Amber Valletta on Preventing Mercury Exposure
WASHINGTON, May 9 /PRNewswire-USNewswire/ -- Oceana, an international ocean conservation group based in Washington, D.C., has been working to prevent seafood contamination for many years. Consuming big fish high on the food chain is the primary way that we are exposed to mercury, a heavy metal that can cause neurological and other health problems. In honor of Mother's Day, Oceana celebrity spokes-Mom Amber Valletta offers a few tips for keeping your family mercury-free (and worry-free):
-- Choose low-mercury fish--fish that are small and low on the food chain. Because mercury bioaccumulates up the marine food chain, small fish such as tilapia and cod and shellfish such as shrimp, crab and oysters have low mercury levels. The Washington State Department of Health has a very handy pocket guide to mercury levels in fish (http://www.doh.wa.gov/ehp/images/fishchart-v2.jpg).
-- Limit fish consumption to 12 ounces a week for kids and women, especially if you're thinking about getting pregnant. Because mercury is a neurotoxin that can affect children, babies and fetuses at lower doses than adults, it's most important for kids and women who are pregnant, nursing or may become pregnant to avoid high-mercury fish. Keep in mind that your body can take a while to excrete mercury that you consumed before you got pregnant, so if there's any chance you may become pregnant soon, it's best to be cautious about mercury in fish.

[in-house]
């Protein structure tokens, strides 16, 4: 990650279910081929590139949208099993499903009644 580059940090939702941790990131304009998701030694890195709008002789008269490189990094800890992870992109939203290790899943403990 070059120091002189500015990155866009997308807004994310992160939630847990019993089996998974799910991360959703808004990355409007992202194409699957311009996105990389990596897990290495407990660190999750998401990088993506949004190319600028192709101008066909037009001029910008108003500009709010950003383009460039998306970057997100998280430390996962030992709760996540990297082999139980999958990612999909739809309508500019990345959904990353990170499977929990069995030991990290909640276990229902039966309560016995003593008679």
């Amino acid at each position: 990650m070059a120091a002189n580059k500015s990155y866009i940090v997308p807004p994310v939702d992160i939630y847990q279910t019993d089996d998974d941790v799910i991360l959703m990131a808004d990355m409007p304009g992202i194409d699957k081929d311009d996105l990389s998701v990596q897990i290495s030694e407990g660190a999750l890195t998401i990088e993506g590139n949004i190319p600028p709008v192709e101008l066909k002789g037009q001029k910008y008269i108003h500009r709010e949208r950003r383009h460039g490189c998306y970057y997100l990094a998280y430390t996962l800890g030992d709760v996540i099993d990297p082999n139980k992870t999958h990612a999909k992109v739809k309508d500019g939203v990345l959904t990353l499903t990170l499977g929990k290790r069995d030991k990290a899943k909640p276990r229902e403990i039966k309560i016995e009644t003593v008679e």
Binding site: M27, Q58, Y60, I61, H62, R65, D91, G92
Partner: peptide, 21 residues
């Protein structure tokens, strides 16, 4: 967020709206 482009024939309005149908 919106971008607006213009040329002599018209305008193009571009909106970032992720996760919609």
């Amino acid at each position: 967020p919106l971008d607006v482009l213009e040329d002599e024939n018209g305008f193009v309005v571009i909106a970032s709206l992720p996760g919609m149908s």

-- Choose "chunk light tuna" or canned wild Alaska salmon over "solid white albacore tuna." The average level of mercury in cans of chunk light tuna, usually skipjack tuna, tested by the Food and Drug Administration, was about one third the average mercury level in the cans of albacore the FDA tested. If your family can adjust, you might try switching to canned salmon, instead of tuna, which has tested even lower in mercury and higher in healthy Omega-3s. For more information, check out Oceana's page about mercury in canned fish (http://www.oceana.org/north-america/what-we-do/stop-seafood-contaminati on/the-problem/protect-your-family/canned-fish).
-- Tell your grocery store to post signs containing the FDA advice (http://takeaction.oceana.org/t/3042/content.jsp?content_KEY=3056) about mercury for women of child-bearing age and children at their seafood counters. Oceana has persuaded nearly 30% of U.S. grocery stores to post this information but they're working to get even more on board. If your grocery store were posting this information, you wouldn't need to read my tips!
-- To help keep all of our kids mercury-free, donate to Oceana's Campaign to Stop Seafood Contamination. They are working to reduce mercury pollution released into the environment and to educate the public about mercury in seafood. For more specifics about Oceana's campaign, go to http://www.oceana.org/north-america/what-we-do/stop-seafood-contaminati on/ Amber Valletta file photo: http://www.oceana.org/fileadmin/oceana/uploads/mercury/Valletta-Oceana. JPG Amber Valletta biography: http://www.oceana.org/north-america/what-we-do/stop-seafood-contaminati on/media-resources/amber-valletta/
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